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Read Tim McMahan’s blog daily at Lazy-i.com — an online music magazine that includes feature interviews, reviews and news. The focus is on the national indie music scene with a special emphasis on the best original bands in the Omaha area. Copyright © 2022 Tim McMahan. All rights reserved.


Criteria, Little Brazil, Uh Oh tonight at The Waiting Room, because it’s the holidays…

Category: Blog — Tags: , , — @ 11:49 am November 23, 2022
Criteria at The Waiting Room, Nov. 27, 2021. They return tonight for the annual Turkey Day extravaganza.

by Tim McMahan, Lazy-i.com

Every year it’s the same thing — Criteria and Little Brazil at The Waiting Room. And this year is no exception.

These holiday shows are sort of Omaha music scene get-togethers. I honestly don’t know what Criteria has been up to for the past year. Will there be new music or just another evening of their greatest hits? Who knows?

On the other hand, Little Brazil started out the year releasing a new album, Just Leave, on Max Trax Records. Expect to hear songs from that one along with a few of their greatest hits.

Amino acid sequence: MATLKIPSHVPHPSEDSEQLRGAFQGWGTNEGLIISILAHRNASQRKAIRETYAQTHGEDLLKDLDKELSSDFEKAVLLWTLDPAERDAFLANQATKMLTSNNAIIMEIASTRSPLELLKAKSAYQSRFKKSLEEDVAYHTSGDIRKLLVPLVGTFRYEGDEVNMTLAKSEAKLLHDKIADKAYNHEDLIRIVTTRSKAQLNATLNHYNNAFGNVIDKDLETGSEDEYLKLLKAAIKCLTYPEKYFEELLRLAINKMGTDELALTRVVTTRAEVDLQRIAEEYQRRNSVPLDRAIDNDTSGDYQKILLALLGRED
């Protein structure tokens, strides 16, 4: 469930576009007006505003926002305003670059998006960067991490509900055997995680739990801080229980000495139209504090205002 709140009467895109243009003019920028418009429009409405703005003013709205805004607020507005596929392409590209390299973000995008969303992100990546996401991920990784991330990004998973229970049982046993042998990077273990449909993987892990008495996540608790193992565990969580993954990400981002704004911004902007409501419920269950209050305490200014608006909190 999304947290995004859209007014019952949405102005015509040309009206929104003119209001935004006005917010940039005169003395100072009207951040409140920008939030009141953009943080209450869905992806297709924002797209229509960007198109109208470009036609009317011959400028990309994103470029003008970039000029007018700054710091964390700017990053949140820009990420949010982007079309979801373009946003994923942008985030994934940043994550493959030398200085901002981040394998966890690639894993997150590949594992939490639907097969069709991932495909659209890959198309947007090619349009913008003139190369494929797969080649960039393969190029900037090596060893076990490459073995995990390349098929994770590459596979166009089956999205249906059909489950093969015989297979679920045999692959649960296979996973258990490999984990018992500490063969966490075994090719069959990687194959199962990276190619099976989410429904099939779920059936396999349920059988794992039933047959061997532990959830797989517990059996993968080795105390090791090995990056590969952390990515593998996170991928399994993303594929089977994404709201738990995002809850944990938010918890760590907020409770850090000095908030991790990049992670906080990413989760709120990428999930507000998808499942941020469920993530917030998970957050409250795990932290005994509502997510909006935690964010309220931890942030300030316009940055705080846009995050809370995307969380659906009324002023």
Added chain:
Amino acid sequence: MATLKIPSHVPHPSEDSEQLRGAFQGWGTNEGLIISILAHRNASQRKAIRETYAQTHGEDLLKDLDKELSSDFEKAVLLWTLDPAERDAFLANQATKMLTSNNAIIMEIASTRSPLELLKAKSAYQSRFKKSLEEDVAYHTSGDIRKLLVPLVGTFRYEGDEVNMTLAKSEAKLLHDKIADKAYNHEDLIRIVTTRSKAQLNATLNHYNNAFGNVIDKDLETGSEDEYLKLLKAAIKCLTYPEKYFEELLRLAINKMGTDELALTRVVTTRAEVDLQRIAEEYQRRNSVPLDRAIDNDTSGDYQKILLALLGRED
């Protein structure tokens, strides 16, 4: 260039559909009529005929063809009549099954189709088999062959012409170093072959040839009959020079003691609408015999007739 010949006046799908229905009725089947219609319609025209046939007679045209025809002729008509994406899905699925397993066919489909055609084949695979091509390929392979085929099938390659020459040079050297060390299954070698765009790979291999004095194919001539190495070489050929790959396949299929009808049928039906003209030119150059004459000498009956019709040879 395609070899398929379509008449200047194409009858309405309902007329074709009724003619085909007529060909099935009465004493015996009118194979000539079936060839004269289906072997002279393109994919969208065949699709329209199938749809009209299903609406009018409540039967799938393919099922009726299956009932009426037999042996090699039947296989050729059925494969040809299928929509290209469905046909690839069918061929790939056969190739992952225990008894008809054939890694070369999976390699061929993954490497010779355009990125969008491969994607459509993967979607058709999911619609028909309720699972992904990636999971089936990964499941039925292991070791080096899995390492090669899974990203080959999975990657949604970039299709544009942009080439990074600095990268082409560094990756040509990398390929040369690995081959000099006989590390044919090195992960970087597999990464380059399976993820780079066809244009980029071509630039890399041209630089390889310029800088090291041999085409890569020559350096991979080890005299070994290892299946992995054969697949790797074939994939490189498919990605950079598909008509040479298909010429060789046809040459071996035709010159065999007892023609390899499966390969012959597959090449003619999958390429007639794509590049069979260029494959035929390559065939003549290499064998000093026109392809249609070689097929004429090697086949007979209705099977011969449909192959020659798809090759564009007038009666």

Opening the festivities is Omaha indie band Uh Oh who’s last album was 2021’s Good Morning. It all gets rolling tonight at 8 p.m. Always one of the best shows of the year. $12. Don’t be a turkey. Take part in this festive holiday tradition…

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Read Tim McMahan’s blog daily at Lazy-i.com — an online music magazine that includes feature interviews, reviews and news. The focus is on the national indie music scene with a special emphasis on the best original bands in the Omaha area. Copyright © 2022 Tim McMahan. All rights reserved.


Live Review: Criteria; Mere Shadows, Stigmata Martyr; the week ahead…

Category: Blog,Reviews — Tags: , , — @ 2:29 pm November 29, 2021
Criteria at The Waiting Room, Nov. 27, 2021.

by Tim McMahan, Lazy-i.com

It was a comfortable crowd at Saturday night’s Criteria “holiday” show. I was expecting a sell out crush when I arrived at 10 right in time for their set, but was surprised at the draw, which was probably around 200, maybe half-full. 

On stage, the ageless Stephen Pedersen and his crew belted through the usual set of favorites from the band’s Saddle Creek years and beyond, with the same vigor as when I saw them two years ago at the same club — or for that matter, 10 years ago at that same club. Pedersen, a consummate showman, continues to hit those epic high notes, but will only find them harder to climb as time marches on, unless he’s afflicted with the same age-defying genetics as world’s sexiest man Paul Rudd… a possibility, though I’m no scientist.